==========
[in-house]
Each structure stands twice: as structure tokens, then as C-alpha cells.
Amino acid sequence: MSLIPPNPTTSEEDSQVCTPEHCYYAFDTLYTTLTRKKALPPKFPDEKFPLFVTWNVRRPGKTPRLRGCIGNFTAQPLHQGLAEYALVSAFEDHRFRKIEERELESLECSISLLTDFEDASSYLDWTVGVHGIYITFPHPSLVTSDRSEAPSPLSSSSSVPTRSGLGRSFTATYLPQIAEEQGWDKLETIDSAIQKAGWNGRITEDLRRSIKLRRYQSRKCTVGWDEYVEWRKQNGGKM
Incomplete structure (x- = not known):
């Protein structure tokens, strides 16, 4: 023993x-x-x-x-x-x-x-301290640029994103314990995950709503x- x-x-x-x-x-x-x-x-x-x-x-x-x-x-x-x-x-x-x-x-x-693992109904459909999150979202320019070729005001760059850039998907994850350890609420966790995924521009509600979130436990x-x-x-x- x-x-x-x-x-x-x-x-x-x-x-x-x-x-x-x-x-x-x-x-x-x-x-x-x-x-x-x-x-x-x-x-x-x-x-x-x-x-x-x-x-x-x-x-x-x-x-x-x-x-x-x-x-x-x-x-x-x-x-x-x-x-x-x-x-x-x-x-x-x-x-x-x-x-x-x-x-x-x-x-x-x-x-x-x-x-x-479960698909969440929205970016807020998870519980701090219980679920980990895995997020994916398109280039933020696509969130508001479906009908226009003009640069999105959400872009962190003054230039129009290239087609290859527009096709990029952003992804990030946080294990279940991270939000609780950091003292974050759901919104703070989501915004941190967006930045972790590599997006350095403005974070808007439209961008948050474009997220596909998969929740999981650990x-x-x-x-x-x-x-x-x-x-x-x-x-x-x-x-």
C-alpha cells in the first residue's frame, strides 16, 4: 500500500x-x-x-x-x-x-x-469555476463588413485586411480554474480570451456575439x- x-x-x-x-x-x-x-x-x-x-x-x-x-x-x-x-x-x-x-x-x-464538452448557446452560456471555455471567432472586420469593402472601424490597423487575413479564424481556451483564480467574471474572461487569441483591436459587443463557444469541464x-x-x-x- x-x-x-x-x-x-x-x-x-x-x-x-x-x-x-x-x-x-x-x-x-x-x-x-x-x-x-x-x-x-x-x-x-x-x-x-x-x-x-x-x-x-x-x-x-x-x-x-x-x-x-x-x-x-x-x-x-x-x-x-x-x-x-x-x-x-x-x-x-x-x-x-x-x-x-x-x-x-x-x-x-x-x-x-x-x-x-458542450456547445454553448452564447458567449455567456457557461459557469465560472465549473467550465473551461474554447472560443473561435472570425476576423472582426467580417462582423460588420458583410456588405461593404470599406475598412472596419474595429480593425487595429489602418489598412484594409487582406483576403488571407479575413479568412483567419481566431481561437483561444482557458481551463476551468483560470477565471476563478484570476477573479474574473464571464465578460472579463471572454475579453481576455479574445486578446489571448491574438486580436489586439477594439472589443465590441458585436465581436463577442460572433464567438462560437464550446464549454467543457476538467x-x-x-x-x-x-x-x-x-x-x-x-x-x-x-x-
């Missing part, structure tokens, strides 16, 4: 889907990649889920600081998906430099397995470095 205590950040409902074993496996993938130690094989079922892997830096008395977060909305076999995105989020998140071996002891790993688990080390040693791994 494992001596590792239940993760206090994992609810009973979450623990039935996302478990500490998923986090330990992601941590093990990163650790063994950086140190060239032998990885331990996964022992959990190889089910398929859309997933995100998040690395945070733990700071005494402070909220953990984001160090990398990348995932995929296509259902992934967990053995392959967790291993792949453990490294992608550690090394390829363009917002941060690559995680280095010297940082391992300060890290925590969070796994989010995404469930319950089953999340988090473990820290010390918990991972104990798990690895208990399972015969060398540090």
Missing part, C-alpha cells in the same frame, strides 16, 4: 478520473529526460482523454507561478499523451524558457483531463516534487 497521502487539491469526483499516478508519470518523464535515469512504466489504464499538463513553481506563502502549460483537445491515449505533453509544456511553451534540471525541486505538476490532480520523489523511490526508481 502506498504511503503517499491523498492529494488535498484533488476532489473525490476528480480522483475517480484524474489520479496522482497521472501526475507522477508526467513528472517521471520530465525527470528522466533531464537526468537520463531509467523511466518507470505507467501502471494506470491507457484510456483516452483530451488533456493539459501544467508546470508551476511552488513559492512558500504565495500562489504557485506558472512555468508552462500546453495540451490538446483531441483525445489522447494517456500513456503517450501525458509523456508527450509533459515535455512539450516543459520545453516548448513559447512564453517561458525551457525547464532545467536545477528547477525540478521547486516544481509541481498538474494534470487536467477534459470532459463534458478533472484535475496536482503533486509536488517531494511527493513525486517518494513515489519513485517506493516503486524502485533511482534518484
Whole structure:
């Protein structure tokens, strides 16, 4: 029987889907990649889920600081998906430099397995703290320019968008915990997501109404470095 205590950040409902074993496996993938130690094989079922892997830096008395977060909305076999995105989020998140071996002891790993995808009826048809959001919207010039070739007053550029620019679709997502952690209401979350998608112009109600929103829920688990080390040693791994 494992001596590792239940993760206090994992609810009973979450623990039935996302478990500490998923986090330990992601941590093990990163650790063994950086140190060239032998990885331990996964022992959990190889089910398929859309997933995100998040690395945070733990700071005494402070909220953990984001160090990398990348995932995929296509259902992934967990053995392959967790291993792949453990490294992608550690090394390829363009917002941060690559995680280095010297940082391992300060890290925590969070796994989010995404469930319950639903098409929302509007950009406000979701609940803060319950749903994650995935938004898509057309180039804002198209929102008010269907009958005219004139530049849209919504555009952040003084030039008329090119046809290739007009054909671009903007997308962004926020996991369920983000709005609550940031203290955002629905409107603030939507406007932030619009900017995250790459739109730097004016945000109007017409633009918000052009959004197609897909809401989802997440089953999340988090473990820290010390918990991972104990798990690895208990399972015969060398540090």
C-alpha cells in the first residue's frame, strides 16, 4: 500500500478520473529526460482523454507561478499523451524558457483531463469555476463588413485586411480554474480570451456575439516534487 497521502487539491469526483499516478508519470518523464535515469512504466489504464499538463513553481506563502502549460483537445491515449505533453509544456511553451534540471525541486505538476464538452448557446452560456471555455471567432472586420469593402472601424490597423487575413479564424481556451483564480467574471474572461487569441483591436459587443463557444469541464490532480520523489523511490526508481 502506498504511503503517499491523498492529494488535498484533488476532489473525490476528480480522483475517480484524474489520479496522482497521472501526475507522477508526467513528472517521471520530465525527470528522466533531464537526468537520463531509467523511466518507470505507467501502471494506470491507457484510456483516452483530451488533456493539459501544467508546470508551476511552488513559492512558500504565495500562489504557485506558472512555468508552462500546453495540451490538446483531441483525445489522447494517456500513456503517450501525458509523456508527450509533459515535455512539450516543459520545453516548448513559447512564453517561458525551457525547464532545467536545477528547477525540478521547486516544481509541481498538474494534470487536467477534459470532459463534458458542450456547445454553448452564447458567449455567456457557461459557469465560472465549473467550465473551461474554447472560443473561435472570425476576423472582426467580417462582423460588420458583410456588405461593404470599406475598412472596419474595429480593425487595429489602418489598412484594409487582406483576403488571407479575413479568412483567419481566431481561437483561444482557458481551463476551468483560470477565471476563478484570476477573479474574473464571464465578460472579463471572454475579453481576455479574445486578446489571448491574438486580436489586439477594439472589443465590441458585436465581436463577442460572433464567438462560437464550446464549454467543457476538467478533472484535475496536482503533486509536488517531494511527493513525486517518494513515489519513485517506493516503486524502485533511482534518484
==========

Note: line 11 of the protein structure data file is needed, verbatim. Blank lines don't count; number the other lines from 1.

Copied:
C-alpha cells in the first residue's frame, strides 16, 4: 500500500478520473529526460482523454507561478499523451524558457483531463469555476463588413485586411480554474480570451456575439516534487 497521502487539491469526483499516478508519470518523464535515469512504466489504464499538463513553481506563502502549460483537445491515449505533453509544456511553451534540471525541486505538476464538452448557446452560456471555455471567432472586420469593402472601424490597423487575413479564424481556451483564480467574471474572461487569441483591436459587443463557444469541464490532480520523489523511490526508481 502506498504511503503517499491523498492529494488535498484533488476532489473525490476528480480522483475517480484524474489520479496522482497521472501526475507522477508526467513528472517521471520530465525527470528522466533531464537526468537520463531509467523511466518507470505507467501502471494506470491507457484510456483516452483530451488533456493539459501544467508546470508551476511552488513559492512558500504565495500562489504557485506558472512555468508552462500546453495540451490538446483531441483525445489522447494517456500513456503517450501525458509523456508527450509533459515535455512539450516543459520545453516548448513559447512564453517561458525551457525547464532545467536545477528547477525540478521547486516544481509541481498538474494534470487536467477534459470532459463534458458542450456547445454553448452564447458567449455567456457557461459557469465560472465549473467550465473551461474554447472560443473561435472570425476576423472582426467580417462582423460588420458583410456588405461593404470599406475598412472596419474595429480593425487595429489602418489598412484594409487582406483576403488571407479575413479568412483567419481566431481561437483561444482557458481551463476551468483560470477565471476563478484570476477573479474574473464571464465578460472579463471572454475579453481576455479574445486578446489571448491574438486580436489586439477594439472589443465590441458585436465581436463577442460572433464567438462560437464550446464549454467543457476538467478533472484535475496536482503533486509536488517531494511527493513525486517518494513515489519513485517506493516503486524502485533511482534518484